2. My answer was not at all intended to get God off the hook, for it is not possible for me, or any human, to put God on the dock and say, “Why did you do this?”
    God is not a hypothetical being that is made in the image of men. He is the creator of all, and can justly dispose of his creatures as he sees fit. He has made promises, but the fact is that all of us are rebels and in a great deal of trouble. God’s ways are not unjust. WE are unjust.
    As for the innocent victims of evil, we don’t have all the answers because God hasn’t seen fit to reveal them to us. What we have are his promises.
    He WILL wipe away all tears. And he WILL make straight every crooked path. But he doesn’t wipe away evil the way that we humans wipe away evil.
    If God came in judgment the way we want him to, no one would be left.
    He is patient and kind, and longsuffering in order to give time for repentance.
    But for those who harden their hearts and refuse to repent, but continue to hurt and devour and destroy judgment will come.
    And God’s ways are always just and always perfect, even though finite minds such as ours cannot fathom them.

    It would seem that the right thing to do would be to put a stop to every evil act before it occurred, but I have no idea about the governing of the universe. I don’t know how the butterfly’s wings cause hurricanes or how the killing of an archduke causes world wars. I don’t have enough information to even fix one problem. How can I possibly tell God what is just and good and what is not?
    Do we know what he has prevented? Do we know how it will all work together? Do we know how to stop one villain from an evil act and what evil would flow from that?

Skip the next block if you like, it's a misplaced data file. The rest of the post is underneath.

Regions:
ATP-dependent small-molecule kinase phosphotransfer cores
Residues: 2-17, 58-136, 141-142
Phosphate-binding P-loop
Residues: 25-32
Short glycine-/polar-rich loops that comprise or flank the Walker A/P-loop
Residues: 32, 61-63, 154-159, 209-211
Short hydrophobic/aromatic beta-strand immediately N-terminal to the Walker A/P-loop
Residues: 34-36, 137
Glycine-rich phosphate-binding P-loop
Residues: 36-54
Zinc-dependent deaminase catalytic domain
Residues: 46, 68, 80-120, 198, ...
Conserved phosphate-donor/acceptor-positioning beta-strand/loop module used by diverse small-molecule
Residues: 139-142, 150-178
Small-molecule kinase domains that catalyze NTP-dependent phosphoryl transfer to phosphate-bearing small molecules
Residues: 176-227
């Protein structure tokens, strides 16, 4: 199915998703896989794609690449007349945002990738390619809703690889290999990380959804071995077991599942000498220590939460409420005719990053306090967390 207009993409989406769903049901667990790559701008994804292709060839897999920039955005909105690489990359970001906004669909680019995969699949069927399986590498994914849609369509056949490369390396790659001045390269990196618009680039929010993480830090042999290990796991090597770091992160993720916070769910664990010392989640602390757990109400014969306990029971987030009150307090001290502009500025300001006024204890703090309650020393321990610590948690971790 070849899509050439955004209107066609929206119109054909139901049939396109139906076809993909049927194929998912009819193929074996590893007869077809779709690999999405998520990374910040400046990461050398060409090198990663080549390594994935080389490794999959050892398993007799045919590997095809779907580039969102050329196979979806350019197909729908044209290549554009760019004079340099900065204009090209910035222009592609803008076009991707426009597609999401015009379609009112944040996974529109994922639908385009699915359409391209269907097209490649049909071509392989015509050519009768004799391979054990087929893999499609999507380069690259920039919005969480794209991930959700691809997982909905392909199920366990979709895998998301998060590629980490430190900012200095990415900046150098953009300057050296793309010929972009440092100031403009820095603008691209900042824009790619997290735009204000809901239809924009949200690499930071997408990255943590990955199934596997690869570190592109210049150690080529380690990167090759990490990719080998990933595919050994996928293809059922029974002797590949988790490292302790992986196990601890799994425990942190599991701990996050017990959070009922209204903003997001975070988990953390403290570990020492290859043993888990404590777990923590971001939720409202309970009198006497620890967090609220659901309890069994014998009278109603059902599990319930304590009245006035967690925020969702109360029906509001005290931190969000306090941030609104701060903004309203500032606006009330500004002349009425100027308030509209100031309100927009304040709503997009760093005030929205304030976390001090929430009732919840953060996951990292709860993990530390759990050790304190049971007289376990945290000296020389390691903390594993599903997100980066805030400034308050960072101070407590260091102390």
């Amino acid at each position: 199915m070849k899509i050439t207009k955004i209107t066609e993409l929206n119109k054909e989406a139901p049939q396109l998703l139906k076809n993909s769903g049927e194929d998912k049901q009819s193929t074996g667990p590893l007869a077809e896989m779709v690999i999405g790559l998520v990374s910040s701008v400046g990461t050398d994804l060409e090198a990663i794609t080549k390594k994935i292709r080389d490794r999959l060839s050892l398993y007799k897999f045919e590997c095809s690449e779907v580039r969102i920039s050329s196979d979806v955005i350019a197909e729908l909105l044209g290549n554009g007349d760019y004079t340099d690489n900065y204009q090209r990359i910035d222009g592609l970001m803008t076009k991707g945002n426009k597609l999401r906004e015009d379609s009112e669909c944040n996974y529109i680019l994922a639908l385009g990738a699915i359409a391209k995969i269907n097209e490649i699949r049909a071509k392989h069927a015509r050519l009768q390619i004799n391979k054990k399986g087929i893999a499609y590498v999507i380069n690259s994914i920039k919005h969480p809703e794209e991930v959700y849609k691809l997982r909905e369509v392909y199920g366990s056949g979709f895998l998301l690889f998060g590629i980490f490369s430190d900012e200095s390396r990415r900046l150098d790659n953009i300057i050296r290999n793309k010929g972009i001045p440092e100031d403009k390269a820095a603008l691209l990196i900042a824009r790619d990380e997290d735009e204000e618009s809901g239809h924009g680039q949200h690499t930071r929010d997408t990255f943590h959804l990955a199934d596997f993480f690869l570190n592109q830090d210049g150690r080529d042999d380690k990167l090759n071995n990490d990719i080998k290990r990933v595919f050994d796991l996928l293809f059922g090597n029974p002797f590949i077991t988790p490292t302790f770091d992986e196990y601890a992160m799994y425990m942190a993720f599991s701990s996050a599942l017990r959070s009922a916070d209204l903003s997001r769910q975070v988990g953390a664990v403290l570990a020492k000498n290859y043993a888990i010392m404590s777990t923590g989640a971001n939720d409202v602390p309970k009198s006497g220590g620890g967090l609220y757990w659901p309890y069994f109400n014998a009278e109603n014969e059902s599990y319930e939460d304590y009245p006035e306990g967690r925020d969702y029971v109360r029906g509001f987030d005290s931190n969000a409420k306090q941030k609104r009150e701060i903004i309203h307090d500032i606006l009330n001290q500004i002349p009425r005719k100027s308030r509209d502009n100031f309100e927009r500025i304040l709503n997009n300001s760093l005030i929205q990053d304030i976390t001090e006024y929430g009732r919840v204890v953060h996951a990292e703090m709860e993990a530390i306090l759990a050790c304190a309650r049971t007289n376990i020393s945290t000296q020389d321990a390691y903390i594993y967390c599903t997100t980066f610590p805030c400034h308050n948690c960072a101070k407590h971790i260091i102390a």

You are correct – as humans, we are to use the information that we have to protect life and do as much good as we can. This is because we are image-bearers of God.
    God has infinite knowledge and infinite wisdom. Who are we to say that he is not doing things as he should be doing them? We don’t see the whole picture.
    All we have is a tiny glimpse of the painting from inside the painting. And we are going to judge the artist?
    Seems backwards to me.

    • Anu Riley

      Boy do I understand those difficult questions AND appreciate your answers, Pastor. I’m not a leader, but I’ve often felt confused and even tongue tied when such understandable questions come up. I would try to think of an answer while acknowledging the fact that there is no way I can fully answer.

      I think I got myself into MORE trouble trying to think of answers that may have made things worse, OR even unintentionally punished those who dared to ask.

      A pastor once summed up the cruelty and callousness of Job’s friends well: bad things do not happen to good people. Job must have done something wrong, and we have to find out so our theory can be proven.